House Passes Micro Investment BillNovember 16, 2017
On Nov. 9, the House passed the Micro Offering Safe Harbor Act by a vote of 232-188. Introduced by Rep. Tom Emmer (R-Minn.), the measure would greatly simplify the process for small businesses making some securities offerings.
Capital is the lifeblood of any small business, and often small-business owners need capital at various stages; some at their startup and others later when they are looking to expand. Despite this ongoing need, small-business lending from banks has decreased over the last decade and many small businesses have few options for obtaining capital. Small businesses accounted for 99.7 percent of all businesses in the United States last year, but only half of them have a survival rate of longer than five years. According to the NSBA’s 2016 Year-End Economic Report, only 69 percent of small businesses surveyed said they are able to get adequate financing.
More specifically, H.R. 2201 brings clarity to the Securities Act of 1933. By defining what qualifies under the “non-public offering” exemption, this legislation will provide certainty to small-business owners and entrepreneurs as they work to startup or grow their businesses. This legislation requires three specific criteria to be met simultaneously in order to trigger a safe harbor exemption for a security offering. These criteria ensure that:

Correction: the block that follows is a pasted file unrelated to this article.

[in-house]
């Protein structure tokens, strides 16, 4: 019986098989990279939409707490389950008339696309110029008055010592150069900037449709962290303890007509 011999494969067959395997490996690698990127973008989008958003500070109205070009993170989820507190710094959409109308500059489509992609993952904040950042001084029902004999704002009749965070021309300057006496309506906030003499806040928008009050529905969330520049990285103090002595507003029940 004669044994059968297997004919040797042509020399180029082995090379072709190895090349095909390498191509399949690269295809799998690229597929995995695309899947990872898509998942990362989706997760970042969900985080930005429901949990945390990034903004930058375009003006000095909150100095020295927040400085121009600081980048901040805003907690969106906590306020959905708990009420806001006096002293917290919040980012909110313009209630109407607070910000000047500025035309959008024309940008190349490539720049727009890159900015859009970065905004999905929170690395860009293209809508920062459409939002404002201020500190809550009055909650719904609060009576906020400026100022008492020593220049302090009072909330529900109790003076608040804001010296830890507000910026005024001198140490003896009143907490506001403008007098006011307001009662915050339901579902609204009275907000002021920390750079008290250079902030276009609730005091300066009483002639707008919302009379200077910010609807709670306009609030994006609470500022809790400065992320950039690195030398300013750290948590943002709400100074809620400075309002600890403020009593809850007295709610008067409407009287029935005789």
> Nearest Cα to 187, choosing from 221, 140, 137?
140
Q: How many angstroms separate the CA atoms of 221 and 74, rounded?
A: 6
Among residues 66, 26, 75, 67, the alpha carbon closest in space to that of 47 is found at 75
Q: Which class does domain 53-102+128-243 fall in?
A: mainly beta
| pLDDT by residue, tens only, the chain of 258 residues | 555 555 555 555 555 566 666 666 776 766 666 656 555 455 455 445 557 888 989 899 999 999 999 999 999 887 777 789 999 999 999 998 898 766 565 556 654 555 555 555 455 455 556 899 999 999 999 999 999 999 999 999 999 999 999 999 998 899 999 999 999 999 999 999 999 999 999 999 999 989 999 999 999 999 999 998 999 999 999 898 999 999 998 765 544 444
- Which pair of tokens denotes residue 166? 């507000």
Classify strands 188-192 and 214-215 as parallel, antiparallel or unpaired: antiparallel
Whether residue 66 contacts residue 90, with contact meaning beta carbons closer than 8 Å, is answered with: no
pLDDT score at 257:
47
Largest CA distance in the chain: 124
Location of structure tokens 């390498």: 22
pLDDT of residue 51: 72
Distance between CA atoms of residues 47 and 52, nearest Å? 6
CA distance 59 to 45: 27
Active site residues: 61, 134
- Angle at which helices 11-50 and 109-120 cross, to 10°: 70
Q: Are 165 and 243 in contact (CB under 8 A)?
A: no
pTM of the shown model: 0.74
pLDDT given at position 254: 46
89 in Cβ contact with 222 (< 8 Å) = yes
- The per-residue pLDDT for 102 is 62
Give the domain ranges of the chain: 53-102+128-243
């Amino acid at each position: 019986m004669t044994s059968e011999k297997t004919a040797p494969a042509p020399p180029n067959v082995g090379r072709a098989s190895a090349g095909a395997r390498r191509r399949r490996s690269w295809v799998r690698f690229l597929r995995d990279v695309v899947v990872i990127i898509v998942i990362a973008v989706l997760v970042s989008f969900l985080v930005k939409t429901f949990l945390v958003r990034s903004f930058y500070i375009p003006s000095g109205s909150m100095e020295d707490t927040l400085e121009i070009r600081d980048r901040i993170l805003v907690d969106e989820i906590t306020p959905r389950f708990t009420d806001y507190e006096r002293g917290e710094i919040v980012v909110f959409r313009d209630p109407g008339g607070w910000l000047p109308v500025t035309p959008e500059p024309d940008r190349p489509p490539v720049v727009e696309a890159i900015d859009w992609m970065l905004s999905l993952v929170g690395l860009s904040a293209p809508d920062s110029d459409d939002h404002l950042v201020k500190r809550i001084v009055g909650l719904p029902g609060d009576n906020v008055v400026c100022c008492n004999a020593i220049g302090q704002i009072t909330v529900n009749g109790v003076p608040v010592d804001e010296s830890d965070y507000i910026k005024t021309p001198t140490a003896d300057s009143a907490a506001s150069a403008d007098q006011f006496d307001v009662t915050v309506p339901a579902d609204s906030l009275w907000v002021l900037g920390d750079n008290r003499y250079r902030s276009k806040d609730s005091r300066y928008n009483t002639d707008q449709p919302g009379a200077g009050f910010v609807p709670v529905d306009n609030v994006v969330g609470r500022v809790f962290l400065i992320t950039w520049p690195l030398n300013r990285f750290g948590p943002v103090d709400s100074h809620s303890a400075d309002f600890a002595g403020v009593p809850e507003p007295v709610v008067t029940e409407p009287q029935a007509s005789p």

- Each investor has a substantive pre-existing relationship with an owner;
- There are no more than 35 purchasers of securities from the issuer that are sold in reliance on the exemption during the 12-month period; and
- The aggregate amount of all securities sold by the issuers does not exceed $500,000 during the 12-month period preceding.
By creating three safe harbor exemptions for “non-public offerings,” businesses can operate with clarity and a clear conscience knowing that they would be exempted from registering with the Securities and Exchange Commission (SEC). Additionally, the legislation also exempts transactions meeting the specified requirements from state registration requirements, commonly referred to as “blue sky laws.”
Furthermore, Rep. Emmer’s introduced an amendment to enhance the existing anti-fraud provisions in the underlying bill and provide increased protection for Americans from bad actors trying to swindle and defraud investors.
Access to capital continues to be one of the most pressing issues facing the small-business community. All small businesses need an injection of capital at one point or another, unfortunately in the past several years it has become difficult for small businesses to get the funds they need to grow and expand. NSBA supports the Micro Offering Safe Harbor Act as it will help small businesses around the country expand and create new jobs in their communities.
Please click here to view the NSBA letter of support.